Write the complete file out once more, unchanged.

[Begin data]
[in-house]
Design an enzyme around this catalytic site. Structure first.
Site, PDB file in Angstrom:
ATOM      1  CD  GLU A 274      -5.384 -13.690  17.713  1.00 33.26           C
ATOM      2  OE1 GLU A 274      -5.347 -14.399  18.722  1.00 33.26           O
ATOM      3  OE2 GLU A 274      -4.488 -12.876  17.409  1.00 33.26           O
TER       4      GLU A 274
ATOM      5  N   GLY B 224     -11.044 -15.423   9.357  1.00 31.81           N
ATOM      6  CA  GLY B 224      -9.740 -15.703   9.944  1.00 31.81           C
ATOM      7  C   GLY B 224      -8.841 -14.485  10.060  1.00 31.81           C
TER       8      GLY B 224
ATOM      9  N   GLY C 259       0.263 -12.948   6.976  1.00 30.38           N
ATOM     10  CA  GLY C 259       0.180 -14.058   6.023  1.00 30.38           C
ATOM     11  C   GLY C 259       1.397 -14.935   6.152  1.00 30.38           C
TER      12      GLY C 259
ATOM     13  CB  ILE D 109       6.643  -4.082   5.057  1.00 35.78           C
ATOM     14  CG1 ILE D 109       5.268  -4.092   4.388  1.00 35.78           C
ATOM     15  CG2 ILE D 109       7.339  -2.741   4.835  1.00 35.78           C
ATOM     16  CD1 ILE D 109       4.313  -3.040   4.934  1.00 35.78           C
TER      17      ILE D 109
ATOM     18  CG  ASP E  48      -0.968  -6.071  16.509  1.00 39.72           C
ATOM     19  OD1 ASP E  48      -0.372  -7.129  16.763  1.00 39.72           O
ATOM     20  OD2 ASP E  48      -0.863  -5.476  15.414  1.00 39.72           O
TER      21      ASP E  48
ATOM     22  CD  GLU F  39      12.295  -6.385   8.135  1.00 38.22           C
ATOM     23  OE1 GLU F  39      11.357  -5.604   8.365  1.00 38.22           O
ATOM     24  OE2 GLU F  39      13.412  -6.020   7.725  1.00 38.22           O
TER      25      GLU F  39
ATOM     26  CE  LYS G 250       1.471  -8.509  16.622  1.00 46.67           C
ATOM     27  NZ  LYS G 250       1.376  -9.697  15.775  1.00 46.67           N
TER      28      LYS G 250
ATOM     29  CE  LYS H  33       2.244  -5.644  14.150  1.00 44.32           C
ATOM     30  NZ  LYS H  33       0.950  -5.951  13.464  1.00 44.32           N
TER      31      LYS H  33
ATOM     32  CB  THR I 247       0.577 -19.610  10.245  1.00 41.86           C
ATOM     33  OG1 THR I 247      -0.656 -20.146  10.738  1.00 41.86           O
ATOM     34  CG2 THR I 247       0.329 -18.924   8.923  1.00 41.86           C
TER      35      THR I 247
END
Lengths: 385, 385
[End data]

[in-house]
Design an enzyme around this catalytic site. Structure first.
Site, PDB file in Angstrom:
ATOM      1  CD  GLU A 274      -5.384 -13.690  17.713  1.00 33.26           C
ATOM      2  OE1 GLU A 274      -5.347 -14.399  18.722  1.00 33.26           O
ATOM      3  OE2 GLU A 274      -4.488 -12.876  17.409  1.00 33.26           O
TER       4      GLU A 274
ATOM      5  N   GLY B 224     -11.044 -15.423   9.357  1.00 31.81           N
ATOM      6  CA  GLY B 224      -9.740 -15.703   9.944  1.00 31.81           C
ATOM      7  C   GLY B 224      -8.841 -14.485  10.060  1.00 31.81           C
TER       8      GLY B 224
ATOM      9  N   GLY C 259       0.263 -12.948   6.976  1.00 30.38           N
ATOM     10  CA  GLY C 259       0.180 -14.058   6.023  1.00 30.38           C
ATOM     11  C   GLY C 259       1.397 -14.935   6.152  1.00 30.38           C
TER      12      GLY C 259
ATOM     13  CB  ILE D 109       6.643  -4.082   5.057  1.00 35.78           C
ATOM     14  CG1 ILE D 109       5.268  -4.092   4.388  1.00 35.78           C
ATOM     15  CG2 ILE D 109       7.339  -2.741   4.835  1.00 35.78           C
ATOM     16  CD1 ILE D 109       4.313  -3.040   4.934  1.00 35.78           C
TER      17      ILE D 109
ATOM     18  CG  ASP E  48      -0.968  -6.071  16.509  1.00 39.72           C
ATOM     19  OD1 ASP E  48      -0.372  -7.129  16.763  1.00 39.72           O
ATOM     20  OD2 ASP E  48      -0.863  -5.476  15.414  1.00 39.72           O
TER      21      ASP E  48
ATOM     22  CD  GLU F  39      12.295  -6.385   8.135  1.00 38.22           C
ATOM     23  OE1 GLU F  39      11.357  -5.604   8.365  1.00 38.22           O
ATOM     24  OE2 GLU F  39      13.412  -6.020   7.725  1.00 38.22           O
TER      25      GLU F  39
ATOM     26  CE  LYS G 250       1.471  -8.509  16.622  1.00 46.67           C
ATOM     27  NZ  LYS G 250       1.376  -9.697  15.775  1.00 46.67           N
TER      28      LYS G 250
ATOM     29  CE  LYS H  33       2.244  -5.644  14.150  1.00 44.32           C
ATOM     30  NZ  LYS H  33       0.950  -5.951  13.464  1.00 44.32           N
TER      31      LYS H  33
ATOM     32  CB  THR I 247       0.577 -19.610  10.245  1.00 41.86           C
ATOM     33  OG1 THR I 247      -0.656 -20.146  10.738  1.00 41.86           O
ATOM     34  CG2 THR I 247       0.329 -18.924   8.923  1.00 41.86           C
TER      35      THR I 247
END
Lengths: 385, 385